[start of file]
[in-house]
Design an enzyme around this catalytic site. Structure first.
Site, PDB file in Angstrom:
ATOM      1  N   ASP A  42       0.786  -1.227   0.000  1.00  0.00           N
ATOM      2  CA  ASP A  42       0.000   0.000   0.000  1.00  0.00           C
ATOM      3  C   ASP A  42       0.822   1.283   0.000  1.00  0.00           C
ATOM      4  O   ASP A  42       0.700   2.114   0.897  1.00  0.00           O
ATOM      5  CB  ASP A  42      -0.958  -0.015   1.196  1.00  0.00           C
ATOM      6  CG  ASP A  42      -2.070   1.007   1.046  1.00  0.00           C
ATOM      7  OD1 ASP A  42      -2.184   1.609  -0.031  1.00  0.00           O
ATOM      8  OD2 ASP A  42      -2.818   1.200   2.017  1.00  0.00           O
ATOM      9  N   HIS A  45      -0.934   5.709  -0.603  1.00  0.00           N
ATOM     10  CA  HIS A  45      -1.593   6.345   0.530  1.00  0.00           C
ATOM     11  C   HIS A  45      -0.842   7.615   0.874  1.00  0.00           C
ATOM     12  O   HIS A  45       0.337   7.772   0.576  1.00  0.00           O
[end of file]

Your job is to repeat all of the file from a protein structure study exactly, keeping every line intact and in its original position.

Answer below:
[in-house]
Design an enzyme around this catalytic site. Structure first.
Site, PDB file in Angstrom:
ATOM      1  N   ASP A  42       0.786  -1.227   0.000  1.00  0.00           N
ATOM      2  CA  ASP A  42       0.000   0.000   0.000  1.00  0.00           C
ATOM      3  C   ASP A  42       0.822   1.283   0.000  1.00  0.00           C
ATOM      4  O   ASP A  42       0.700   2.114   0.897  1.00  0.00           O
ATOM      5  CB  ASP A  42      -0.958  -0.015   1.196  1.00  0.00           C
ATOM      6  CG  ASP A  42      -2.070   1.007   1.046  1.00  0.00           C
ATOM      7  OD1 ASP A  42      -2.184   1.609  -0.031  1.00  0.00           O
ATOM      8  OD2 ASP A  42      -2.818   1.200   2.017  1.00  0.00           O
ATOM      9  N   HIS A  45      -0.934   5.709  -0.603  1.00  0.00           N
ATOM     10  CA  HIS A  45      -1.593   6.345   0.530  1.00  0.00           C
ATOM     11  C   HIS A  45      -0.842   7.615   0.874  1.00  0.00           C
ATOM     12  O   HIS A  45       0.337   7.772   0.576  1.00  0.00           O